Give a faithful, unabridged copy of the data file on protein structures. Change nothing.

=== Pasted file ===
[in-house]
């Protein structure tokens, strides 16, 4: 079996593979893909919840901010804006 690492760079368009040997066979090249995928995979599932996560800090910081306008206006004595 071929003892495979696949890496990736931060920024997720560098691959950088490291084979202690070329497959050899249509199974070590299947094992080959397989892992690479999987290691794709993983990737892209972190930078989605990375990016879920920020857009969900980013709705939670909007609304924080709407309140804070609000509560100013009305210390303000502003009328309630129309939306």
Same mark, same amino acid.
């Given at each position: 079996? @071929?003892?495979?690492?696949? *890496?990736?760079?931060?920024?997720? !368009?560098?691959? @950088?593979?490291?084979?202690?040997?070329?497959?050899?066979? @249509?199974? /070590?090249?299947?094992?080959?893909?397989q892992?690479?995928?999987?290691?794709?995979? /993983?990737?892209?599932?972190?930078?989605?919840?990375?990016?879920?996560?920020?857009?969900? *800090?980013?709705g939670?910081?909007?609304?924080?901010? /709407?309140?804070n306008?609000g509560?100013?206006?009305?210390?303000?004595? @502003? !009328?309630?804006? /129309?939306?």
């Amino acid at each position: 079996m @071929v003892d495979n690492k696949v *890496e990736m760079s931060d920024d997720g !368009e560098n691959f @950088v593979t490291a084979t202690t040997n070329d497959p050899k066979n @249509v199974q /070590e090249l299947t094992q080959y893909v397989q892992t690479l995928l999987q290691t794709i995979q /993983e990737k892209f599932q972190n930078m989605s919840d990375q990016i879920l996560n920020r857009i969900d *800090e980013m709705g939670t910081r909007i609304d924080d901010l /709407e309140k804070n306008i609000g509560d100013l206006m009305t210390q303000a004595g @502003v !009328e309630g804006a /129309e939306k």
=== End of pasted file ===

[in-house]
């Protein structure tokens, strides 16, 4: 079996593979893909919840901010804006 690492760079368009040997066979090249995928995979599932996560800090910081306008206006004595 071929003892495979696949890496990736931060920024997720560098691959950088490291084979202690070329497959050899249509199974070590299947094992080959397989892992690479999987290691794709993983990737892209972190930078989605990375990016879920920020857009969900980013709705939670909007609304924080709407309140804070609000509560100013009305210390303000502003009328309630129309939306």
Same mark, same amino acid.
């Given at each position: 079996? @071929?003892?495979?690492?696949? *890496?990736?760079?931060?920024?997720? !368009?560098?691959? @950088?593979?490291?084979?202690?040997?070329?497959?050899?066979? @249509?199974? /070590?090249?299947?094992?080959?893909?397989q892992?690479?995928?999987?290691?794709?995979? /993983?990737?892209?599932?972190?930078?989605?919840?990375?990016?879920?996560?920020?857009?969900? *800090?980013?709705g939670?910081?909007?609304?924080?901010? /709407?309140?804070n306008?609000g509560?100013?206006?009305?210390?303000?004595? @502003? !009328?309630?804006? /129309?939306?």
């Amino acid at each position: 079996m @071929v003892d495979n690492k696949v *890496e990736m760079s931060d920024d997720g !368009e560098n691959f @950088v593979t490291a084979t202690t040997n070329d497959p050899k066979n @249509v199974q /070590e090249l299947t094992q080959y893909v397989q892992t690479l995928l999987q290691t794709i995979q /993983e990737k892209f599932q972190n930078m989605s919840d990375q990016i879920l996560n920020r857009i969900d *800090e980013m709705g939670t910081r909007i609304d924080d901010l /709407e309140k804070n306008i609000g509560d100013l206006m009305t210390q303000a004595g @502003v !009328e309630g804006a /129309e939306k």